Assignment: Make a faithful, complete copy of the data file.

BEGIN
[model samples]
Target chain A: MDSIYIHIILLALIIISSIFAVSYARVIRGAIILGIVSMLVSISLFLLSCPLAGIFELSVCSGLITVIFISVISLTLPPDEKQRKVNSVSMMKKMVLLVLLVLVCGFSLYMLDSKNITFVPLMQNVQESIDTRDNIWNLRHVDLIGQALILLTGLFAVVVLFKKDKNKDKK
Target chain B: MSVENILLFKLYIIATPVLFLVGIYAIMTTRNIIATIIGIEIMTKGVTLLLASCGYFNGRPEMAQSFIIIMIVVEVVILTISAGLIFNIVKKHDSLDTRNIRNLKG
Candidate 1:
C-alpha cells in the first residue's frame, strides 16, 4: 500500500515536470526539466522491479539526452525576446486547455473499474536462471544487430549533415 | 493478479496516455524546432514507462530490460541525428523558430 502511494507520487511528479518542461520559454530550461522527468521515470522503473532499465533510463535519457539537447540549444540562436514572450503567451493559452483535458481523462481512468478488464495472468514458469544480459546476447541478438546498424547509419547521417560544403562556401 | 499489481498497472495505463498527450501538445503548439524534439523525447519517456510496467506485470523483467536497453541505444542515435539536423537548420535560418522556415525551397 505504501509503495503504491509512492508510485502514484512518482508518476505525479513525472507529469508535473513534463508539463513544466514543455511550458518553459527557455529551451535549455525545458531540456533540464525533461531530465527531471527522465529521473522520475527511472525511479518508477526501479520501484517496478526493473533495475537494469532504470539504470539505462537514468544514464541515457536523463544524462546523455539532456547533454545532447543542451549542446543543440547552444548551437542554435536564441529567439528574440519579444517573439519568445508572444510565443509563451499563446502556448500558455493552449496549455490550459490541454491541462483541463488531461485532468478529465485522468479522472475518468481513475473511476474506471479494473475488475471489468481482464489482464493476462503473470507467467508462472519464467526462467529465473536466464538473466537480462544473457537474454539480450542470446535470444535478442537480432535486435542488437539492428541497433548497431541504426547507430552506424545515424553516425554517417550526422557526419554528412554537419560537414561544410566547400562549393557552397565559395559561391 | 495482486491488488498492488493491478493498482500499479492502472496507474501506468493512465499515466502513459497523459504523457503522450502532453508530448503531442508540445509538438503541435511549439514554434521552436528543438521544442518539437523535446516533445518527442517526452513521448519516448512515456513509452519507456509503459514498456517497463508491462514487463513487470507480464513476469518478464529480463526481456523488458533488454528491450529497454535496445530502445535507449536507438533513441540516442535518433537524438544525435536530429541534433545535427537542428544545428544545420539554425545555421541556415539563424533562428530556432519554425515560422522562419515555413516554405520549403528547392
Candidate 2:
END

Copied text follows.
[model samples]
Target chain A: MDSIYIHIILLALIIISSIFAVSYARVIRGAIILGIVSMLVSISLFLLSCPLAGIFELSVCSGLITVIFISVISLTLPPDEKQRKVNSVSMMKKMVLLVLLVLVCGFSLYMLDSKNITFVPLMQNVQESIDTRDNIWNLRHVDLIGQALILLTGLFAVVVLFKKDKNKDKK
Target chain B: MSVENILLFKLYIIATPVLFLVGIYAIMTTRNIIATIIGIEIMTKGVTLLLASCGYFNGRPEMAQSFIIIMIVVEVVILTISAGLIFNIVKKHDSLDTRNIRNLKG
Candidate 1:
C-alpha cells in the first residue's frame, strides 16, 4: 500500500515536470526539466522491479539526452525576446486547455473499474536462471544487430549533415 | 493478479496516455524546432514507462530490460541525428523558430 502511494507520487511528479518542461520559454530550461522527468521515470522503473532499465533510463535519457539537447540549444540562436514572450503567451493559452483535458481523462481512468478488464495472468514458469544480459546476447541478438546498424547509419547521417560544403562556401 | 499489481498497472495505463498527450501538445503548439524534439523525447519517456510496467506485470523483467536497453541505444542515435539536423537548420535560418522556415525551397 505504501509503495503504491509512492508510485502514484512518482508518476505525479513525472507529469508535473513534463508539463513544466514543455511550458518553459527557455529551451535549455525545458531540456533540464525533461531530465527531471527522465529521473522520475527511472525511479518508477526501479520501484517496478526493473533495475537494469532504470539504470539505462537514468544514464541515457536523463544524462546523455539532456547533454545532447543542451549542446543543440547552444548551437542554435536564441529567439528574440519579444517573439519568445508572444510565443509563451499563446502556448500558455493552449496549455490550459490541454491541462483541463488531461485532468478529465485522468479522472475518468481513475473511476474506471479494473475488475471489468481482464489482464493476462503473470507467467508462472519464467526462467529465473536466464538473466537480462544473457537474454539480450542470446535470444535478442537480432535486435542488437539492428541497433548497431541504426547507430552506424545515424553516425554517417550526422557526419554528412554537419560537414561544410566547400562549393557552397565559395559561391 | 495482486491488488498492488493491478493498482500499479492502472496507474501506468493512465499515466502513459497523459504523457503522450502532453508530448503531442508540445509538438503541435511549439514554434521552436528543438521544442518539437523535446516533445518527442517526452513521448519516448512515456513509452519507456509503459514498456517497463508491462514487463513487470507480464513476469518478464529480463526481456523488458533488454528491450529497454535496445530502445535507449536507438533513441540516442535518433537524438544525435536530429541534433545535427537542428544545428544545420539554425545555421541556415539563424533562428530556432519554425515560422522562419515555413516554405520549403528547392
Candidate 2: